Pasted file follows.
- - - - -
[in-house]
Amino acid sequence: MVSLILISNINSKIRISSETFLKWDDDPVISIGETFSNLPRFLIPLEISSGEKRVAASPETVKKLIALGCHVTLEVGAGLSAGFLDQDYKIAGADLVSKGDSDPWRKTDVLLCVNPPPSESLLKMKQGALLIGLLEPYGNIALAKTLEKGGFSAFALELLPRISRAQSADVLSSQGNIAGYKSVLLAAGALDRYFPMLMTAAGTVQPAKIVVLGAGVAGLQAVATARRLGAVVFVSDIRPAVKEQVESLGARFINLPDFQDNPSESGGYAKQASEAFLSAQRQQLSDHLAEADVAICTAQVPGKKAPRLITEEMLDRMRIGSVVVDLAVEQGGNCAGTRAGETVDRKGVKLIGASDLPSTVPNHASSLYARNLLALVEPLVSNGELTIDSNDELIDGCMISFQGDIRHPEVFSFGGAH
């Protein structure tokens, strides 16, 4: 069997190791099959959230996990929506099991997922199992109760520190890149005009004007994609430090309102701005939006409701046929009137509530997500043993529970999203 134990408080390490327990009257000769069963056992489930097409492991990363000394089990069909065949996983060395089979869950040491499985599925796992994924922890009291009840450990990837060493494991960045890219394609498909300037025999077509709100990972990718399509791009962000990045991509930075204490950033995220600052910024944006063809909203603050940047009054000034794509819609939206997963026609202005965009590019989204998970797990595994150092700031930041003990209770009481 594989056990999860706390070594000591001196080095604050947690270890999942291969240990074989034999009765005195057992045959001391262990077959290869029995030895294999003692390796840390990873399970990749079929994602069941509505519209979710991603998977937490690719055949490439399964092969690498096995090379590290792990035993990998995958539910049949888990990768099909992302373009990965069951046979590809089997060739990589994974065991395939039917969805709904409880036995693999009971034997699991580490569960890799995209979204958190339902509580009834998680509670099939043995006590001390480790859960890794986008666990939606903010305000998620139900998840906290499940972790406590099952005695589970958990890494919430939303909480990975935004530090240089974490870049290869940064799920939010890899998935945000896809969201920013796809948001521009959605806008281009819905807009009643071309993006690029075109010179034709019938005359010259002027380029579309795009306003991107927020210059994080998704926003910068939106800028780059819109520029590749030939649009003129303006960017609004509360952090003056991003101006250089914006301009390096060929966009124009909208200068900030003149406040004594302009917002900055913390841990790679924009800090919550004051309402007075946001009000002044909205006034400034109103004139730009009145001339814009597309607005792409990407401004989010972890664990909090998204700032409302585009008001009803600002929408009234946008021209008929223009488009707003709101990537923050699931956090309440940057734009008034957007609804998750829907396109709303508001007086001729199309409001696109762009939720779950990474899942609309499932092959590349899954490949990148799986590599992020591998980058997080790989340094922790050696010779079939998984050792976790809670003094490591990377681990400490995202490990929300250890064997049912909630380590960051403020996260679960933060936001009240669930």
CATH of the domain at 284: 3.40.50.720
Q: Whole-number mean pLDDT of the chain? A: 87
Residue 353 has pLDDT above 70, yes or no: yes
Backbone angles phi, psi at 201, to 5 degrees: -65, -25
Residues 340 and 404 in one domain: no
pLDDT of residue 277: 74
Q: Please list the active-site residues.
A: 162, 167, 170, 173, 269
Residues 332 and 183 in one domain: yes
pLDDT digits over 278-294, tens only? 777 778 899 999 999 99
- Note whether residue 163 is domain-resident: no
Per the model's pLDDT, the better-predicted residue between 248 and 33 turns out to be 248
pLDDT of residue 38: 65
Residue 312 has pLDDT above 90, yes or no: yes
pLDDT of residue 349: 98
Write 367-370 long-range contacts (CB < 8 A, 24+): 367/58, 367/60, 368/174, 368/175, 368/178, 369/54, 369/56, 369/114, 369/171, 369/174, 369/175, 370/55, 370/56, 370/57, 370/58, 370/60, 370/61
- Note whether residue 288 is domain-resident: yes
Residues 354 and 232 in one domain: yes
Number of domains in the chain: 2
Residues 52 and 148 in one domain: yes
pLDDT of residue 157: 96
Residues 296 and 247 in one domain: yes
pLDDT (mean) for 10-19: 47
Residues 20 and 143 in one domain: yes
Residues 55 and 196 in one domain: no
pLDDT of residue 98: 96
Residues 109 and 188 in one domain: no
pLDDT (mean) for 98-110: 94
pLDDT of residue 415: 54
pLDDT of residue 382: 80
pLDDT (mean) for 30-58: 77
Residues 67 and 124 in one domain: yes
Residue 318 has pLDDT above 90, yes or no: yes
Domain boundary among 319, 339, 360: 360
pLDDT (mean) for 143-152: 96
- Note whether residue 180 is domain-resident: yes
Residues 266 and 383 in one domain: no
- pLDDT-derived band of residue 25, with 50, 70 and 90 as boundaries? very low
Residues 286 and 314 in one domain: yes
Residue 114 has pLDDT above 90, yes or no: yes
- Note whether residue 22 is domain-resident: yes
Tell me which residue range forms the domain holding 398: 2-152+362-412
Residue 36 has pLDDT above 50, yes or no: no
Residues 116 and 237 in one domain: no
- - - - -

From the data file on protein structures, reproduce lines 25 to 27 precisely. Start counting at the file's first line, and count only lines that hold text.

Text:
Residues 296 and 247 in one domain: yes
pLDDT (mean) for 10-19: 47
Residues 20 and 143 in one domain: yes